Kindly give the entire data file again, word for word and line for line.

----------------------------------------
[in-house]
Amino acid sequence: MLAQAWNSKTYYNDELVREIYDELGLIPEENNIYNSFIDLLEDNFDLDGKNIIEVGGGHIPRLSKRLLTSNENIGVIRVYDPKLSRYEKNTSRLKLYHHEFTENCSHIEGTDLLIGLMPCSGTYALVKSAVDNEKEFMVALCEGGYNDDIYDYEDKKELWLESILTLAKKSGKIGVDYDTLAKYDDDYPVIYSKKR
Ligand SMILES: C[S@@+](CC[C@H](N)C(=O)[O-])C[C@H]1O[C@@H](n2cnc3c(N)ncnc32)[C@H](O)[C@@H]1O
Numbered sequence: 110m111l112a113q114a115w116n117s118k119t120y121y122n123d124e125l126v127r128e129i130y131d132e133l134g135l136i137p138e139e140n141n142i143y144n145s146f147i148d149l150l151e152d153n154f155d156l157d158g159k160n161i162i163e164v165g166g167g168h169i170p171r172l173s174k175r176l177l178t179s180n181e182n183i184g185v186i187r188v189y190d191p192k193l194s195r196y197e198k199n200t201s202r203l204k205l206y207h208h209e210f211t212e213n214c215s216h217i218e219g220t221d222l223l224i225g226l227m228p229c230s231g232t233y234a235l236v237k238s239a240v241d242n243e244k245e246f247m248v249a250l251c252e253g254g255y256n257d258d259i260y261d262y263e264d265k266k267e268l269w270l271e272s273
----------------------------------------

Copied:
[in-house]
Amino acid sequence: MLAQAWNSKTYYNDELVREIYDELGLIPEENNIYNSFIDLLEDNFDLDGKNIIEVGGGHIPRLSKRLLTSNENIGVIRVYDPKLSRYEKNTSRLKLYHHEFTENCSHIEGTDLLIGLMPCSGTYALVKSAVDNEKEFMVALCEGGYNDDIYDYEDKKELWLESILTLAKKSGKIGVDYDTLAKYDDDYPVIYSKKR
Ligand SMILES: C[S@@+](CC[C@H](N)C(=O)[O-])C[C@H]1O[C@@H](n2cnc3c(N)ncnc32)[C@H](O)[C@@H]1O
Numbered sequence: 110m111l112a113q114a115w116n117s118k119t120y121y122n123d124e125l126v127r128e129i130y131d132e133l134g135l136i137p138e139e140n141n142i143y144n145s146f147i148d149l150l151e152d153n154f155d156l157d158g159k160n161i162i163e164v165g166g167g168h169i170p171r172l173s174k175r176l177l178t179s180n181e182n183i184g185v186i187r188v189y190d191p192k193l194s195r196y197e198k199n200t201s202r203l204k205l206y207h208h209e210f211t212e213n214c215s216h217i218e219g220t221d222l223l224i225g226l227m228p229c230s231g232t233y234a235l236v237k238s239a240v241d242n243e244k245e246f247m248v249a250l251c252e253g254g255y256n257d258d259i260y261d262y263e264d265k266k267e268l269w270l271e272s273